D_{c}
turns off with zero current after a halfcycle of resonance, resulting in the soft reset of the proposed snubber.
Since the assumption of a constant voltage on
C_{c}
makes it inappropriate to characterize this mode by setting up and solving differential equations, the charge balance in
C_{c}
is considered instead. Assume a sine current whose amplitude is unknown but whose angular frequency is equal to
k
/{
N
·(
L_{k}C_{c}
)
^{1/2}
}, a halfcycle integration of this current flowing into
C_{c}
can be balanced with (10) to give the following key equations.

*Key equations for Offmode3:

whereω2=k/{N·(LkCc)1/2}, andim(t)=IM2.
It should be noted that the charge gained by
C_{c}
through the clamping of
v_{ds}
in Offmodes 1 and 2, which is not considered in (17)(19), in practice, has the effect of reducing the amount of charge that should be replenished in this mode for the snubber reset, consequently reducing the amplitudes of the sine terms in (17)(19). The larger the charge gained in Offmodes 1 and 2, the smaller the peak of the resonant currents in Offmode 3. This makes the operation of the circuit in this mode less affected by the snubber. Therefore, it can be said that the neglect of the charge gained by
C_{c}
through the clamping of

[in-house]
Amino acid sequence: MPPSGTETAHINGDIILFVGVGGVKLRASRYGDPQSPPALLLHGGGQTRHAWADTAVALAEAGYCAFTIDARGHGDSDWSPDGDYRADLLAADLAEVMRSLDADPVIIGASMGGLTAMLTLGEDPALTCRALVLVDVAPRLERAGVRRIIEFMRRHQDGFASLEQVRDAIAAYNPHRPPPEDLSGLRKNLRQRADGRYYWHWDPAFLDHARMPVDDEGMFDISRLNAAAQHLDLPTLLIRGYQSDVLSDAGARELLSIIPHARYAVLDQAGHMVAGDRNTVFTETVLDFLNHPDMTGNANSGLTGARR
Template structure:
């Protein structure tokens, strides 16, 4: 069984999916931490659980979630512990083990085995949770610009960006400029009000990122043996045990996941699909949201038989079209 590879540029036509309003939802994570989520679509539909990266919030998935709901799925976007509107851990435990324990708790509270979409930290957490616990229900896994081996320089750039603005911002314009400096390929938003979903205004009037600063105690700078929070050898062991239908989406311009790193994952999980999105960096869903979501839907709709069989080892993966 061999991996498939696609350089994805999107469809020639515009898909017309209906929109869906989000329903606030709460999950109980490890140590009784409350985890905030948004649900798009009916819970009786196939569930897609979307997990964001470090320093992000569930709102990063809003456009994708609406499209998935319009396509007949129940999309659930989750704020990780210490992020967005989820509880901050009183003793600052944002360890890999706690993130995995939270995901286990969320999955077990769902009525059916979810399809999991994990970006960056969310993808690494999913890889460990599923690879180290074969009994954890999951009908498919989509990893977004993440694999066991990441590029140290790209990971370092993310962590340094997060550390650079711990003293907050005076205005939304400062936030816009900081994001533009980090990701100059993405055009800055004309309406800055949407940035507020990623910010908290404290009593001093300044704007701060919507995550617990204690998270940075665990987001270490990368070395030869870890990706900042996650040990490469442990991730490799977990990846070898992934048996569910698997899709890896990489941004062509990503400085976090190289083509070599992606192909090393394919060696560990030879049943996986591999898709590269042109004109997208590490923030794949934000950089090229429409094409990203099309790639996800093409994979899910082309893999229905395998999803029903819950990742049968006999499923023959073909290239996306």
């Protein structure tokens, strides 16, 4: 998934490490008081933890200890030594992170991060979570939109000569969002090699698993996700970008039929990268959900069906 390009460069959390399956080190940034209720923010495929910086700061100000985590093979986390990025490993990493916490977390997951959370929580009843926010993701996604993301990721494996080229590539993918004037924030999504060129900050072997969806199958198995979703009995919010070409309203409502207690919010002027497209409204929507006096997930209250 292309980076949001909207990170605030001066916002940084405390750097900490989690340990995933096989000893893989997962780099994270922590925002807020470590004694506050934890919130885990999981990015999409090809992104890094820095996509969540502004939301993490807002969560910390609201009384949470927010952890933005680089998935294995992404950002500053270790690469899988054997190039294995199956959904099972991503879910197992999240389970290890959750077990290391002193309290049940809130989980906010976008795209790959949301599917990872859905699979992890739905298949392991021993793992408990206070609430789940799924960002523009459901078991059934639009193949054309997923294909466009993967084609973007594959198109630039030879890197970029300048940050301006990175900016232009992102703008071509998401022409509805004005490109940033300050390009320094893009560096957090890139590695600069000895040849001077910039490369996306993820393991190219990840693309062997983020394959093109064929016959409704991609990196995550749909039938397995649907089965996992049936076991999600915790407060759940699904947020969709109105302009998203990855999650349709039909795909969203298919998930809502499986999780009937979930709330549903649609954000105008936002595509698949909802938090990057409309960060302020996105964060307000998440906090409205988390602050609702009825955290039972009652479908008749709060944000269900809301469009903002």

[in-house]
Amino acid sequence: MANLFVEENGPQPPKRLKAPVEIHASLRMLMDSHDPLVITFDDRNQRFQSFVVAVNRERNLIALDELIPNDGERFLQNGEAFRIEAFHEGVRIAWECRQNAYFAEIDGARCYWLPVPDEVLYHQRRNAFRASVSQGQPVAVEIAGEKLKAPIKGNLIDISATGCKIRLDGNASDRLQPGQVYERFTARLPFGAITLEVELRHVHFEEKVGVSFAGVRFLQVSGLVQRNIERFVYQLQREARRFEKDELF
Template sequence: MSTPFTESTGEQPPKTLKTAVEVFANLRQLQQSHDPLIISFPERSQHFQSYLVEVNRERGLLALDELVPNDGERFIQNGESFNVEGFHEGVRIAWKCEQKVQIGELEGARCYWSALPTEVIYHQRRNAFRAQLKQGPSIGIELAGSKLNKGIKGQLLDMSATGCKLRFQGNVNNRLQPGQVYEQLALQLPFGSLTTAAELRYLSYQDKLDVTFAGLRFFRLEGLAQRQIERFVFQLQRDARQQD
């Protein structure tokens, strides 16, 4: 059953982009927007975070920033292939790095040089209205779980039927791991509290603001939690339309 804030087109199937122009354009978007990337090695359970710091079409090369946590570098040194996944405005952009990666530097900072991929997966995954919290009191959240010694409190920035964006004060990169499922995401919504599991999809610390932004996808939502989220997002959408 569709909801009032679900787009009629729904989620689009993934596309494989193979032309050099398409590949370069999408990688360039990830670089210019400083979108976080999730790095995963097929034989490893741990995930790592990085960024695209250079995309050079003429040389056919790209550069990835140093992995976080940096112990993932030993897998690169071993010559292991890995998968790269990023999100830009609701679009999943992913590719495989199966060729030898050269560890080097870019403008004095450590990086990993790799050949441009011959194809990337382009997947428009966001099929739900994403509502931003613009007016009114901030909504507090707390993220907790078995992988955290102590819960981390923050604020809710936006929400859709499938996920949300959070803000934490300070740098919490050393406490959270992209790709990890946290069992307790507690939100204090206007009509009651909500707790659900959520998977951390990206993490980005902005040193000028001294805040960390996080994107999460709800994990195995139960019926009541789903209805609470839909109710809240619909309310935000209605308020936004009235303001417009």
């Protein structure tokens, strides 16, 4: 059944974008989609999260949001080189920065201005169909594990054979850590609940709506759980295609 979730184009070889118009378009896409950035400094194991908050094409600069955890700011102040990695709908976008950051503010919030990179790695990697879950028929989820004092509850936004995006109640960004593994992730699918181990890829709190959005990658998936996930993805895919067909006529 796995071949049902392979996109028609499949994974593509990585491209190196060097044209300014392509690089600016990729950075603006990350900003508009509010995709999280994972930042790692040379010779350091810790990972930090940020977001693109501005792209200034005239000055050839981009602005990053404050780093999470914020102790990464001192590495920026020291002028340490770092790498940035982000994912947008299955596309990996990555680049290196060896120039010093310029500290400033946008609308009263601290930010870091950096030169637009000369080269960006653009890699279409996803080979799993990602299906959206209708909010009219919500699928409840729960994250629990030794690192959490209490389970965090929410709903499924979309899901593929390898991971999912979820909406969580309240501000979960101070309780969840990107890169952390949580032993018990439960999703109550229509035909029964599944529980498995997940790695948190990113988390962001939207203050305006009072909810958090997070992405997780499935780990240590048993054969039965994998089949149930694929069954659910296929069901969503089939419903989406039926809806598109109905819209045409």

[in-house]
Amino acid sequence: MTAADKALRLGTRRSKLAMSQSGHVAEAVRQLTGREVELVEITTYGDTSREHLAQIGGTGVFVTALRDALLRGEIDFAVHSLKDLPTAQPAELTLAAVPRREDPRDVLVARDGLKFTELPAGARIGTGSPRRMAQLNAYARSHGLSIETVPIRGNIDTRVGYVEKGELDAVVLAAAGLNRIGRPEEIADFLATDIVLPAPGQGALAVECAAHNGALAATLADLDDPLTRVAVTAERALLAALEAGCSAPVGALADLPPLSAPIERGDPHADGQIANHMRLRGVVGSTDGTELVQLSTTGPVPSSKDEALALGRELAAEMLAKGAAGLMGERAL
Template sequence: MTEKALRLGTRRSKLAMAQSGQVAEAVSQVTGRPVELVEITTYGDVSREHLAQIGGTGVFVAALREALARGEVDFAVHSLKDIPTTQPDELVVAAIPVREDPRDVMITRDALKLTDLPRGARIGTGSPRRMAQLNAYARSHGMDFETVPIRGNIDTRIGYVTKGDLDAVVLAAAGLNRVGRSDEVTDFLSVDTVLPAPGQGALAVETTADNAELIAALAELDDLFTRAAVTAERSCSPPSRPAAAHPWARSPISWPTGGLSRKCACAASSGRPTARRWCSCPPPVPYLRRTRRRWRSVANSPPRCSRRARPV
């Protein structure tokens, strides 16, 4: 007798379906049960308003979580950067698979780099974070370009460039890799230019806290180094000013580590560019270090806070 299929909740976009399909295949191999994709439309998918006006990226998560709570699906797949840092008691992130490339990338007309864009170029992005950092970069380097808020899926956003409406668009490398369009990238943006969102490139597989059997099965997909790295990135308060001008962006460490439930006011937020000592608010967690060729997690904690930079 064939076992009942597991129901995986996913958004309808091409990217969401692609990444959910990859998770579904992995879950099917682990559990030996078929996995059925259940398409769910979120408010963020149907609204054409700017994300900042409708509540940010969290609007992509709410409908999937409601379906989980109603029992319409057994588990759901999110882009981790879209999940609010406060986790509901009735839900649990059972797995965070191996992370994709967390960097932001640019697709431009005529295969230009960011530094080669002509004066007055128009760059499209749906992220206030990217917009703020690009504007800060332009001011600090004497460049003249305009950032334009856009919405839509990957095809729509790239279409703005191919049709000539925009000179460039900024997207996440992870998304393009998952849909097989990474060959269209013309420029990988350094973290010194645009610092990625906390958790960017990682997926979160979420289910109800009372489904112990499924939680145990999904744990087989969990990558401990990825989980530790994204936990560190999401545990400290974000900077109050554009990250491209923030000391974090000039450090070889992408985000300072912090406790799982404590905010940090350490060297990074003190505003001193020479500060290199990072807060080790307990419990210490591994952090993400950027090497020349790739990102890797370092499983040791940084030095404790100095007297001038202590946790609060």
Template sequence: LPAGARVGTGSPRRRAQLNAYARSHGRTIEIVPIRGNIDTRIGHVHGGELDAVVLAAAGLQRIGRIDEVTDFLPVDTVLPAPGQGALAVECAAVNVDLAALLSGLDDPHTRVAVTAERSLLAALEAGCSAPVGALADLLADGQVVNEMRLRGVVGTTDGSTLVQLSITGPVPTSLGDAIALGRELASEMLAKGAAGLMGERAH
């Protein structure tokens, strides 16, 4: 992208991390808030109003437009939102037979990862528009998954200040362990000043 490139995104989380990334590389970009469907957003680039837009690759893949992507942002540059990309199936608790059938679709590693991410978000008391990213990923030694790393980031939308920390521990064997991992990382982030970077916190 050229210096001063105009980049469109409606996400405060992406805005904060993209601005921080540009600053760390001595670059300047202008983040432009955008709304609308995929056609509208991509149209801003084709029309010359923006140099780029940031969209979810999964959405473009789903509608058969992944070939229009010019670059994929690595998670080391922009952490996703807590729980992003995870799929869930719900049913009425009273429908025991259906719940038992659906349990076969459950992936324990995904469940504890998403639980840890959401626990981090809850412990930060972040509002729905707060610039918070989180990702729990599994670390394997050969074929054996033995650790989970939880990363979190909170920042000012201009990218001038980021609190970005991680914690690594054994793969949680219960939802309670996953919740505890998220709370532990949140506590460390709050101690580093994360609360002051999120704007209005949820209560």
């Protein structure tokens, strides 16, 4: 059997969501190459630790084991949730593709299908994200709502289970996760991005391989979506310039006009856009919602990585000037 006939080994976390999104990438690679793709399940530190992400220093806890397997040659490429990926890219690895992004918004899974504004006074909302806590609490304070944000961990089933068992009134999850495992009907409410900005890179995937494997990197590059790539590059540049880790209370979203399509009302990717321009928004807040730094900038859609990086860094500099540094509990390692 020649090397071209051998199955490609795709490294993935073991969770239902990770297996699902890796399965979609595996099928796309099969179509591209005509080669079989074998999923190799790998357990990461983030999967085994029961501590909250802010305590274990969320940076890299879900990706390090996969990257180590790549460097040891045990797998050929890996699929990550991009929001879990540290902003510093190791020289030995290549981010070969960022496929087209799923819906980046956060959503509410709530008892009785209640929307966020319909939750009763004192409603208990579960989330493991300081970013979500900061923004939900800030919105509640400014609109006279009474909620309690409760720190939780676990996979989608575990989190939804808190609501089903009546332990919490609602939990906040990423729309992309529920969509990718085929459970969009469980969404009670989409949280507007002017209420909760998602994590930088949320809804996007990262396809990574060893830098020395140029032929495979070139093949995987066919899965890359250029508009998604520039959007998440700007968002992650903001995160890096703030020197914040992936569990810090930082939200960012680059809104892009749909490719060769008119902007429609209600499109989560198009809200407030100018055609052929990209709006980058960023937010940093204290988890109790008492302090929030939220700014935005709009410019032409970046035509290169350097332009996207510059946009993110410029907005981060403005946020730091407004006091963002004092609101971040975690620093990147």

v_{ds}
in Offmodes 1 and 2 leads to a worst case analysis without depreciating (17)(19).
Offmode 4[t_{6}~T]:
This mode is identical to PreOnmode 1. The equivalent circuit is shown in
Fig. 6
(d). This mode ends with the turnon of
M
at
t
=
T
. This completes one switching cycle of the proposed converter.
 B. Steadystate analysis
The finite current slopes due to
L_{k}
in the proposed converter generate Onmode 1 and Offmode 1. These modes occupy relatively small portions of one switching cycle. In addition, their contributions to the stepup ratio partially cancel each other out since they reduce both the onduty and the offduty. This will be further investigated in part of the next chapter. Therefore, in deriving the steadystate stepup ratio of the proposed converter, these two modes are neglected. Otherwise, the procedure and result become very complicated and do not give very useful insights.
Waveform of primary winding voltage.
VALUES FOR EACH INTERVAL
In order to apply the voltsecond balance condition on
L_{m}
for one switching cycle, the voltage waveform across it, denoted by
v_{p}
, is analyzed in
Fig. 7
, where Onmode 1 and Offmode 1 are excluded as mentioned above. The duration of each interval and the corresponding average value of
v_{p}
are shown in
Table I
. Summing all of the products of the expressions in each row of
Table I
and equating the result with zero result in:
Since the average voltage across
L_{k}
in Onmode 2, which can be obtained from (5), is zero, the magnetizing current can be considered to be linearly increasing all the way from
I
_{M1}
to
I
_{M2}
during Onmodes 2 and 3, that is,
I
_{M2}
=
I
_{M1}
+
V_{i}DT
/
L_{m}
. Then, the output current
I_{o}
can be obtained by: